The Portuguese Man o’ War (Physalia physalis) is a highly venomous open-ocean predator that resembles a jellyfish but is actually a siphonophore. Each man o’ war is actually a colony of several small individual organisms that each have a specialized job and are so closely intertwined that they cannot survive alone. In this manner, the larger colony consists of a float that keeps the colony at the sea surface, a series of long tentacles that are covered with stinging cells, a rudimentary digestive system, and a simple reproductive system.
This species is predatory. It uses its feeding tentacles to sting and paralyze small fishes, pelagic crustaceans, and other invertebrates. The feeding tentacles may be up to 50m long in some individuals! These tentacles deliver a powerful sting and are also used for defense against predators. Few species eat the Portuguese man o’ war, but some predators that specialize on stinging, for example, ocean sunfish, will eat them.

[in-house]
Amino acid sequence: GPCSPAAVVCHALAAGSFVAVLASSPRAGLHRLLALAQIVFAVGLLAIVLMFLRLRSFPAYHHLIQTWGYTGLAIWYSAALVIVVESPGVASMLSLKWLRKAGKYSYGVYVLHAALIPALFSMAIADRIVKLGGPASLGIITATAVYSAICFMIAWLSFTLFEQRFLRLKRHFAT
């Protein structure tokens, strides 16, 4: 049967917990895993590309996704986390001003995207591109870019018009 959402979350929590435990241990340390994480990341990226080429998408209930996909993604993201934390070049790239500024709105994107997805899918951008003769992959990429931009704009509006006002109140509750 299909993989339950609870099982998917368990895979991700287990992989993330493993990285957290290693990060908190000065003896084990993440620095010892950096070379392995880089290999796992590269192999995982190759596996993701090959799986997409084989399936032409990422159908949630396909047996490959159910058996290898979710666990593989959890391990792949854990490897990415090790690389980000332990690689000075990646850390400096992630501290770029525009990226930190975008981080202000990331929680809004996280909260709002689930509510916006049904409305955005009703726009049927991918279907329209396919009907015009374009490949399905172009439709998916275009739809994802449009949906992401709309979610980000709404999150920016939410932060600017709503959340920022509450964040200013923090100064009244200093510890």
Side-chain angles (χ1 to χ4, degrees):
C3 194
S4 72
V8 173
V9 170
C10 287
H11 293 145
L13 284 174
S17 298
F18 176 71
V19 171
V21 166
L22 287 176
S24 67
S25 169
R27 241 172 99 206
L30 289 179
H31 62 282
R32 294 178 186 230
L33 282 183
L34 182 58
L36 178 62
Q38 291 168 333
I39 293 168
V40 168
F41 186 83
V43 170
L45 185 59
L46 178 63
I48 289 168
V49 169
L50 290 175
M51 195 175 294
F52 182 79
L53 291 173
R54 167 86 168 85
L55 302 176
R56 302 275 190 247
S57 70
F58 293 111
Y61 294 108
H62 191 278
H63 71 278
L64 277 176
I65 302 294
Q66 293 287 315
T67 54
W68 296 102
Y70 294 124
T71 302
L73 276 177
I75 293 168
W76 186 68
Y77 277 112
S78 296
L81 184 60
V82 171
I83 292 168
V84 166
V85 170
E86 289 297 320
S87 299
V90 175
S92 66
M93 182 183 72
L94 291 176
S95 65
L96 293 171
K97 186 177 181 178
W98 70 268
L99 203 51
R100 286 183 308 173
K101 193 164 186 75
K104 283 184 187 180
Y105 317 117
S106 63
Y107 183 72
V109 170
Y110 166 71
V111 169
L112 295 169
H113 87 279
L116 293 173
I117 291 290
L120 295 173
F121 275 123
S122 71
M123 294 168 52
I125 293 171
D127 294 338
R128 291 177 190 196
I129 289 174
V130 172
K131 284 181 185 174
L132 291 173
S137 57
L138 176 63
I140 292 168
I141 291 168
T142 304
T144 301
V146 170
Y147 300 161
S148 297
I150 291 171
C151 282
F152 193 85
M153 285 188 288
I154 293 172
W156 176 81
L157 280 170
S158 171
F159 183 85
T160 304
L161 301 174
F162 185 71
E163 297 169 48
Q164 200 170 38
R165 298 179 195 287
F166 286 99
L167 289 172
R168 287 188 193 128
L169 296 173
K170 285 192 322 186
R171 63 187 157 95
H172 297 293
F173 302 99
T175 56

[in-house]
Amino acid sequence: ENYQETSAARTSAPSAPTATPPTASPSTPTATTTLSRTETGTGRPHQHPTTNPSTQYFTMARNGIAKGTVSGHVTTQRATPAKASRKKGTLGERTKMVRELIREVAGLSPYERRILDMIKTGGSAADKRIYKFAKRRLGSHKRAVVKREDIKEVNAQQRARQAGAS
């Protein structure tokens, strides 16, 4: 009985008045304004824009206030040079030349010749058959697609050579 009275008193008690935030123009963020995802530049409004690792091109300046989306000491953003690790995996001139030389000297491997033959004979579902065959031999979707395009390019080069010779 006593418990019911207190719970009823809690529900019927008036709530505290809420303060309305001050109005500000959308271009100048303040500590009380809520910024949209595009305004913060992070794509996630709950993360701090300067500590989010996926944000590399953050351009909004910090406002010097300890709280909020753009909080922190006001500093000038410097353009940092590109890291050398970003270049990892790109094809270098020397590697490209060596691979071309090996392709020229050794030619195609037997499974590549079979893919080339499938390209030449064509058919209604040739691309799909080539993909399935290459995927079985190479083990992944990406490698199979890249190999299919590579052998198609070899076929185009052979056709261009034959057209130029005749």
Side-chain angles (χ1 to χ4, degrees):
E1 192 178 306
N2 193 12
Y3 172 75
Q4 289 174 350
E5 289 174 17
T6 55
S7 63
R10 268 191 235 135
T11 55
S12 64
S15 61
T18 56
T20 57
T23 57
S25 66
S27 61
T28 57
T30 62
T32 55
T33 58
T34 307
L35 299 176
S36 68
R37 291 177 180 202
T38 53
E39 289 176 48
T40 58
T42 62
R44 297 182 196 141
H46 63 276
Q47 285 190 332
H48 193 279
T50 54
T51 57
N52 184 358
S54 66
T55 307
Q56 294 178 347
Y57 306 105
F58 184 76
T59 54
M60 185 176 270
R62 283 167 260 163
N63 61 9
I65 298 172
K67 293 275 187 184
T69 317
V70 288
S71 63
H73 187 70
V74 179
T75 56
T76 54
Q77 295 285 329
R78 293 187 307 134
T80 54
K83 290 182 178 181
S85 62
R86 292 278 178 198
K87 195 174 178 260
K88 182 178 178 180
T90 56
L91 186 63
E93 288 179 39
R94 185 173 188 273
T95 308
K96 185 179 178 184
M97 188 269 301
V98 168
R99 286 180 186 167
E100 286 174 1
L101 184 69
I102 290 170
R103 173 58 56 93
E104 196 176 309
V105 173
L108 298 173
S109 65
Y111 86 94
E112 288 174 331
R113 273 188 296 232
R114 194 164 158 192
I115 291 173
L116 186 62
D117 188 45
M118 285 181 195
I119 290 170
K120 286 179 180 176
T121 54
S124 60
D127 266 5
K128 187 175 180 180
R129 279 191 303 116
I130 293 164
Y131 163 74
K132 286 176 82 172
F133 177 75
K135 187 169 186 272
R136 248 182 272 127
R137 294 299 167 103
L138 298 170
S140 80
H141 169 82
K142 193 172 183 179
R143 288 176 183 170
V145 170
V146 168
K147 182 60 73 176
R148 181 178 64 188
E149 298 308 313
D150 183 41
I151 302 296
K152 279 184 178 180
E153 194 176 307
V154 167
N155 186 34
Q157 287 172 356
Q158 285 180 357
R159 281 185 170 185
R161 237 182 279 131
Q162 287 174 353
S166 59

The Portuguese man o’ war is not valuable, commercially, and is common throughout the tropics. In some places, it is increasing in numbers, likely a result of changing open ocean food webs. This species’ sting can be very painful if encountered by people. When there are large numbers of individuals in an area, it is best to avoid swimming.